In attempting to determine support via the moving average or exponential moving average what time frame is used by most fund managers? One year, six months, three months etc. How should the individual investor determine which MVA to use? (April 24, 2004)
What moving averages fund managers use can change over time and from stock to stock. As we like to move with the big money and anticipate its moves as well, we observe when they move into stocks and adapt accordingly. You are on the right track in wanting to know what the big money is looking at so you can look at the same thing and be ready for the moves when they occur. The shorter term moving averages range from 10 to 18 days (exponential), longer term are over 50 and 200 days (the former usually exponential though sometimes simple, the latter simple).
Moving averages are important support and resistance indicators in technical analysis, and the degree to which one is used over another often depends on what the market is showing. When a stock is moving up in a rally the 10 and 18 day moving averages often act as support and will propel a stock back up as it pulls back to that level. When the selling gets more intense, a strong stock will use its 50 day moving average as support. If a stock has been using a particular moving average as support and the stock falls through it that is a break of its pattern, and is a caution flag. When a stock breaks its 50 day moving average on strong volume, that is another caution flag as the 50 day moving average is a critical level for stocks that are trying to keep moving up. If a typically strong stock happens to break its 50 day moving average support, we will usually give it a day to recover if we are still holding it at that point.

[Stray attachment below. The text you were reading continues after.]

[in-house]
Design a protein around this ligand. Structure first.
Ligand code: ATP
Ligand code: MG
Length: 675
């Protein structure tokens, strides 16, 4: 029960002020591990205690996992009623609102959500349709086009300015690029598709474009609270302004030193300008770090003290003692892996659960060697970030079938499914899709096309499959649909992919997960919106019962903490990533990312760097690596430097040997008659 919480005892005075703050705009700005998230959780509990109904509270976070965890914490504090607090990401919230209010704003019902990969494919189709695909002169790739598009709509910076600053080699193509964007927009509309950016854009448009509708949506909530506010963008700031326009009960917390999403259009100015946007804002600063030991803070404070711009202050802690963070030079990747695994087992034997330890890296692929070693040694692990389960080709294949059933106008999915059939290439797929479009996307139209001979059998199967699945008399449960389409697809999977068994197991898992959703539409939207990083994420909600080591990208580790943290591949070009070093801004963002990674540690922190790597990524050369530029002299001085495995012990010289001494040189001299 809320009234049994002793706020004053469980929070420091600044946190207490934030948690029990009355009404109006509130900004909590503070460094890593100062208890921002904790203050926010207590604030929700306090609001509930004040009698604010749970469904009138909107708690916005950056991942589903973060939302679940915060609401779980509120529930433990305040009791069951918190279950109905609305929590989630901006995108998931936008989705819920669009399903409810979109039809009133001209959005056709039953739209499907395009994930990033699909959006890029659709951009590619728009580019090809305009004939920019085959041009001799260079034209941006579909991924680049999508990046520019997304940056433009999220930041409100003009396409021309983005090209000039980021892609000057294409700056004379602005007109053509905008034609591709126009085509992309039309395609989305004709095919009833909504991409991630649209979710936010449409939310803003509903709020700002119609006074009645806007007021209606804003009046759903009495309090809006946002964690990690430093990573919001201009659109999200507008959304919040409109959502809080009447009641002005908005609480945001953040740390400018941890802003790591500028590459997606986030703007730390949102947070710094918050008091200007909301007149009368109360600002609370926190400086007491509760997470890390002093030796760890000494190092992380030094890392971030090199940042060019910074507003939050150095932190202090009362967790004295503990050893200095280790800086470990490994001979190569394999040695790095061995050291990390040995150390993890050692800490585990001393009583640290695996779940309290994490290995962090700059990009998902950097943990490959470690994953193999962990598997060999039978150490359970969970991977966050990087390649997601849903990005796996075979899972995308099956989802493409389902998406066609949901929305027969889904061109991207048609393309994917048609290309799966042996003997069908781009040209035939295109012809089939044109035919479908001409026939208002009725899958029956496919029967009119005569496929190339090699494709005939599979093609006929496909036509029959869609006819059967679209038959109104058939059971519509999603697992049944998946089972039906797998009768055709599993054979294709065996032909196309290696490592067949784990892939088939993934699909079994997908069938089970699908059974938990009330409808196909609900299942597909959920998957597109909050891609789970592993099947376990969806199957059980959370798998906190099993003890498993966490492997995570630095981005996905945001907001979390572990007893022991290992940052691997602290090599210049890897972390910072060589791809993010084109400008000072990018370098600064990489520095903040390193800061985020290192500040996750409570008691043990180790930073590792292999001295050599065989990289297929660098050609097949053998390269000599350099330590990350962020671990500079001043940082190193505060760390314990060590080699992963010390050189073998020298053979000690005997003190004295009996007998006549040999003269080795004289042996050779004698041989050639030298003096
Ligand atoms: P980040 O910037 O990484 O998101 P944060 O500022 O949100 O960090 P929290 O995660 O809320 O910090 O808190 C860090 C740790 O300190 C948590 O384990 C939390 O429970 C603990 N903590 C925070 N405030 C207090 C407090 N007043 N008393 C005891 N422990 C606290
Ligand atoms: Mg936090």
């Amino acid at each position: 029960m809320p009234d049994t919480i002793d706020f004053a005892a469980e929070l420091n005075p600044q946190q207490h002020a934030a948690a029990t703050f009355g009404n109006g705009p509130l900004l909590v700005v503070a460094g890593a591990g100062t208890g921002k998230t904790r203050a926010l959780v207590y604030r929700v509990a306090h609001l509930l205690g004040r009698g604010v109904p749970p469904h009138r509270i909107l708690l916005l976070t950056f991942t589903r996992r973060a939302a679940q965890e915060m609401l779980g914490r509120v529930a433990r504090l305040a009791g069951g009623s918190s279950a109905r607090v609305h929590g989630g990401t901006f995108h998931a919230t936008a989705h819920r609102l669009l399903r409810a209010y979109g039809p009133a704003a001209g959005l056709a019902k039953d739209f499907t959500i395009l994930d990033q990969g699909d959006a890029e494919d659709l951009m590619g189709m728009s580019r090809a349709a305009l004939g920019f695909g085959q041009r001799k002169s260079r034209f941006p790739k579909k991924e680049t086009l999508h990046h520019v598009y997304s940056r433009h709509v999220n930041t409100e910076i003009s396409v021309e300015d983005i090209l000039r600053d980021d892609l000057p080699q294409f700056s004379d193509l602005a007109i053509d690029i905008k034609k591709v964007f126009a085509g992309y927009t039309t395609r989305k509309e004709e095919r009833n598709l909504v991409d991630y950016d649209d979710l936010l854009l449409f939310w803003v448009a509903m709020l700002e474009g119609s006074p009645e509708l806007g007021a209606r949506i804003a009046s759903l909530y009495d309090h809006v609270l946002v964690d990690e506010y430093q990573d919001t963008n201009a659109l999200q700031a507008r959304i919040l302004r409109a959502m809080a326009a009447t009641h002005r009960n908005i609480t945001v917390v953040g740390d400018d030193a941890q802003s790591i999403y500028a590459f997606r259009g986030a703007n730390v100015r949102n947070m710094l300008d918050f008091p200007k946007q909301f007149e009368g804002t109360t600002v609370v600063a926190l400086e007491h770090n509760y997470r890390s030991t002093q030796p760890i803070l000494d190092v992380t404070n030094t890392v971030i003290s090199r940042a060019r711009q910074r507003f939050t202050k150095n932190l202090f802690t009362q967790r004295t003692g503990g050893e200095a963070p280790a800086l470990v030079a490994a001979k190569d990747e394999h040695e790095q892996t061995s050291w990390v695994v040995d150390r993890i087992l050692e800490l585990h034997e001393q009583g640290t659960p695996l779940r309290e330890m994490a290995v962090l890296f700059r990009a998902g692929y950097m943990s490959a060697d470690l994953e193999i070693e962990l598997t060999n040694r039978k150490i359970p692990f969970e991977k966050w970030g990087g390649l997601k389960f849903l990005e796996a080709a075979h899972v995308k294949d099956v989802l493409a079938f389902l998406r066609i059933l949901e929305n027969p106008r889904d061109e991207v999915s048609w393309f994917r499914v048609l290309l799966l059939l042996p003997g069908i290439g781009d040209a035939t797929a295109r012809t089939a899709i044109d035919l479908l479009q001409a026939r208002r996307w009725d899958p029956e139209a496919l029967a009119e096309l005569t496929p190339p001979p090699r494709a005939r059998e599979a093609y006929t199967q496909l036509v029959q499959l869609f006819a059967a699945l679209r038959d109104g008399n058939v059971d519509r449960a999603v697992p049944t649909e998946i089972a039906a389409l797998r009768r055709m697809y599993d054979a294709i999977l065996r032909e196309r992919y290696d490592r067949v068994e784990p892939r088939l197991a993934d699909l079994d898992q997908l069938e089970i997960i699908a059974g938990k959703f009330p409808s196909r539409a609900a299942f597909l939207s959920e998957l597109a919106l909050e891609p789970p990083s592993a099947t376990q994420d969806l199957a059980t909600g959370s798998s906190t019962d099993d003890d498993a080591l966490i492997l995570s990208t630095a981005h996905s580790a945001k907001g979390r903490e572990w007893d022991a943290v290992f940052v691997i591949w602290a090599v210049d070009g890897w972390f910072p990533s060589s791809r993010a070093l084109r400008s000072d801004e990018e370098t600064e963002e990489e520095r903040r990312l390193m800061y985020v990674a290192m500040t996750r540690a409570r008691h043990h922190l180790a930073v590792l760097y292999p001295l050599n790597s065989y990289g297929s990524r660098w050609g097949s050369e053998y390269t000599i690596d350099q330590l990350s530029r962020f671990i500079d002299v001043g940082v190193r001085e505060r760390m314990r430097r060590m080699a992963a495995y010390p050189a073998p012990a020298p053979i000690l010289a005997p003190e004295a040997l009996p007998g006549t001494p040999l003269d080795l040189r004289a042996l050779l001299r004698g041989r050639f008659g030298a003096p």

Other important support and resistance levels include trend lines, which are similar to moving averages. They are formed by the line connecting the lows of a stock moving up (an up trendline) or the highs of a stock moving down (a down trend line). The more times a stock hits a particular trend line, the more faith we have that the line will act as support (or in the case of a down trend line, as resistance). Similar to trend lines are upper channel lines, which connect the highs of a stock moving up. If in an uptrend a stock breaks above its upper channel line on high volume, that's a sign it is likely in for a correction soon.
Support is also formed the longer a stock stays at a particular level. Whenever a stock hits a particular level, imagine that it puts a groove in that level. Every time it touches that same level, it makes a little bit deeper groove. Picture a stock moving sideways day after day. It moves up off of that level with some pretty big moves, but then the market sells. As the stock slides back down the backside of the hill it built on the move up, it skims over the levels it never closed at. When it hits one of those 'grooved' areas where the stock spent a lot of time, it tends to fall into that 'grooved' area and that stops the slide. Old tops in such a grooved area are usually the strongest support, but the lows in the grooved range can also hold. If the selling is intense, it may push the stock right past the grooved area-the longer a stock stays at a level, the stronger the support.
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